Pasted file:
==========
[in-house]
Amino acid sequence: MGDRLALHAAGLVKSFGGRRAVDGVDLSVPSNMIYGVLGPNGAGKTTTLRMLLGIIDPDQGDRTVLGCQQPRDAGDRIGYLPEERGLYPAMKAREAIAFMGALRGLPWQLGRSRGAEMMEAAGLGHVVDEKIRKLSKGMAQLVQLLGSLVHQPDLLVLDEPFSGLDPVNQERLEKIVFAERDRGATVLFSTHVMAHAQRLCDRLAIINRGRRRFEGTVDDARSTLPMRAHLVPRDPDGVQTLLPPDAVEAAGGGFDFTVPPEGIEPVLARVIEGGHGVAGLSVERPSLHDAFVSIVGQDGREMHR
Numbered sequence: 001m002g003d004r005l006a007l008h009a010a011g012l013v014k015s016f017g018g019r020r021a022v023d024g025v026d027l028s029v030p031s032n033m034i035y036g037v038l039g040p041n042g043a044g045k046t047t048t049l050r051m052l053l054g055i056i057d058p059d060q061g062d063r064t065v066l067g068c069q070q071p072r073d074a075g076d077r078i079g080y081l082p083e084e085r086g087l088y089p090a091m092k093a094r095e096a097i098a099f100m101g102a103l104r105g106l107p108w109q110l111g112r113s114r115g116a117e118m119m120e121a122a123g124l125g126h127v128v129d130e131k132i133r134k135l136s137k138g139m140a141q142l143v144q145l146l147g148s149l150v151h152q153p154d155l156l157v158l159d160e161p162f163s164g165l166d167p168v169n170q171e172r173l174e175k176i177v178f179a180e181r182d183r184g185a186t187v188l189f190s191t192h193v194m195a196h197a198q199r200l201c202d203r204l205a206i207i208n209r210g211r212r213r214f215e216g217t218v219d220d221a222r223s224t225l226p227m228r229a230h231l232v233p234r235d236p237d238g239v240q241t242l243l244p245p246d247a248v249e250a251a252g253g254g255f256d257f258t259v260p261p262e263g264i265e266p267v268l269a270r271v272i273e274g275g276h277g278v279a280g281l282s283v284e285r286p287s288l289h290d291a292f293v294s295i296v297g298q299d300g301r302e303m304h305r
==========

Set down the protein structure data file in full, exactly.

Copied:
[in-house]
Amino acid sequence: MGDRLALHAAGLVKSFGGRRAVDGVDLSVPSNMIYGVLGPNGAGKTTTLRMLLGIIDPDQGDRTVLGCQQPRDAGDRIGYLPEERGLYPAMKAREAIAFMGALRGLPWQLGRSRGAEMMEAAGLGHVVDEKIRKLSKGMAQLVQLLGSLVHQPDLLVLDEPFSGLDPVNQERLEKIVFAERDRGATVLFSTHVMAHAQRLCDRLAIINRGRRRFEGTVDDARSTLPMRAHLVPRDPDGVQTLLPPDAVEAAGGGFDFTVPPEGIEPVLARVIEGGHGVAGLSVERPSLHDAFVSIVGQDGREMHR
Numbered sequence: 001m002g003d004r005l006a007l008h009a010a011g012l013v014k015s016f017g018g019r020r021a022v023d024g025v026d027l028s029v030p031s032n033m034i035y036g037v038l039g040p041n042g043a044g045k046t047t048t049l050r051m052l053l054g055i056i057d058p059d060q061g062d063r064t065v066l067g068c069q070q071p072r073d074a075g076d077r078i079g080y081l082p083e084e085r086g087l088y089p090a091m092k093a094r095e096a097i098a099f100m101g102a103l104r105g106l107p108w109q110l111g112r113s114r115g116a117e118m119m120e121a122a123g124l125g126h127v128v129d130e131k132i133r134k135l136s137k138g139m140a141q142l143v144q145l146l147g148s149l150v151h152q153p154d155l156l157v158l159d160e161p162f163s164g165l166d167p168v169n170q171e172r173l174e175k176i177v178f179a180e181r182d183r184g185a186t187v188l189f190s191t192h193v194m195a196h197a198q199r200l201c202d203r204l205a206i207i208n209r210g211r212r213r214f215e216g217t218v219d220d221a222r223s224t225l226p227m228r229a230h231l232v233p234r235d236p237d238g239v240q241t242l243l244p245p246d247a248v249e250a251a252g253g254g255f256d257f258t259v260p261p262e263g264i265e266p267v268l269a270r271v272i273e274g275g276h277g278v279a280g281l282s283v284e285r286p287s288l289h290d291a292f293v294s295i296v297g298q299d300g301r302e303m304h305r